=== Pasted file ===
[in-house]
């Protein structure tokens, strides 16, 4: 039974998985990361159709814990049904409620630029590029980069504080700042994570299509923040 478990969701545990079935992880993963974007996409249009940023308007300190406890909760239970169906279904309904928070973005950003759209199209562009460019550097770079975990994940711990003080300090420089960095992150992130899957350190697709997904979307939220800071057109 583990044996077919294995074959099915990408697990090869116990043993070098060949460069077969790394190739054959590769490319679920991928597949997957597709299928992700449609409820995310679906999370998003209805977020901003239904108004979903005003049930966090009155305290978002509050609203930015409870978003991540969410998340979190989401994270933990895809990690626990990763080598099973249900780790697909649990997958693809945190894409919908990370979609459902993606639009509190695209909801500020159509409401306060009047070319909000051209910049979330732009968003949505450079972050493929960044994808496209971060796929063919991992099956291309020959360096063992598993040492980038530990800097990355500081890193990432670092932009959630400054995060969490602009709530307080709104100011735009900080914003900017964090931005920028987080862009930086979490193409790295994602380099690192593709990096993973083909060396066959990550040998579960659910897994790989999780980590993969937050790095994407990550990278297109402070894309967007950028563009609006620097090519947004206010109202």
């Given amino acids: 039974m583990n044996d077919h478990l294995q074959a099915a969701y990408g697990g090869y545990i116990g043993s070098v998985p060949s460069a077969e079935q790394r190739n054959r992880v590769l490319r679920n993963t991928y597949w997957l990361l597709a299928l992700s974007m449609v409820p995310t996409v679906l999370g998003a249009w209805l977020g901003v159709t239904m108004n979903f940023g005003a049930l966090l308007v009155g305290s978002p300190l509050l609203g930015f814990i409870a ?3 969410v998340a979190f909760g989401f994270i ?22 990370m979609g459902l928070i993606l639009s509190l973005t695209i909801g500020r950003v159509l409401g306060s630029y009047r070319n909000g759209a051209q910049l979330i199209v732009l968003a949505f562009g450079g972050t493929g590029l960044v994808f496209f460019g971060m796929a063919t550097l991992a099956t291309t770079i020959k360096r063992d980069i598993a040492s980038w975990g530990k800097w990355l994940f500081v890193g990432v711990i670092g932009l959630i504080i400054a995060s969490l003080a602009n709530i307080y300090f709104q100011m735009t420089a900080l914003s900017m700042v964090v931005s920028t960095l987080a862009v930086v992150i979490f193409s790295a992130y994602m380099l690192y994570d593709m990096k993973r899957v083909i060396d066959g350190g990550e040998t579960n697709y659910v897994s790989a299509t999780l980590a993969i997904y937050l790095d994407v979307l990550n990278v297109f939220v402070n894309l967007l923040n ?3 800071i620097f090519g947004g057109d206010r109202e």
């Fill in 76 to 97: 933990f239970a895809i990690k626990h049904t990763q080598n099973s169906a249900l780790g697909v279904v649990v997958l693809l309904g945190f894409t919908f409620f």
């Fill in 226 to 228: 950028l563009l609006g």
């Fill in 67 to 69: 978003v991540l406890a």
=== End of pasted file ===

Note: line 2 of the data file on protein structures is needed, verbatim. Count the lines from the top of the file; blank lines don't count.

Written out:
């Protein structure tokens, strides 16, 4: 039974998985990361159709814990049904409620630029590029980069504080700042994570299509923040 478990969701545990079935992880993963974007996409249009940023308007300190406890909760239970169906279904309904928070973005950003759209199209562009460019550097770079975990994940711990003080300090420089960095992150992130899957350190697709997904979307939220800071057109 583990044996077919294995074959099915990408697990090869116990043993070098060949460069077969790394190739054959590769490319679920991928597949997957597709299928992700449609409820995310679906999370998003209805977020901003239904108004979903005003049930966090009155305290978002509050609203930015409870978003991540969410998340979190989401994270933990895809990690626990990763080598099973249900780790697909649990997958693809945190894409919908990370979609459902993606639009509190695209909801500020159509409401306060009047070319909000051209910049979330732009968003949505450079972050493929960044994808496209971060796929063919991992099956291309020959360096063992598993040492980038530990800097990355500081890193990432670092932009959630400054995060969490602009709530307080709104100011735009900080914003900017964090931005920028987080862009930086979490193409790295994602380099690192593709990096993973083909060396066959990550040998579960659910897994790989999780980590993969937050790095994407990550990278297109402070894309967007950028563009609006620097090519947004206010109202």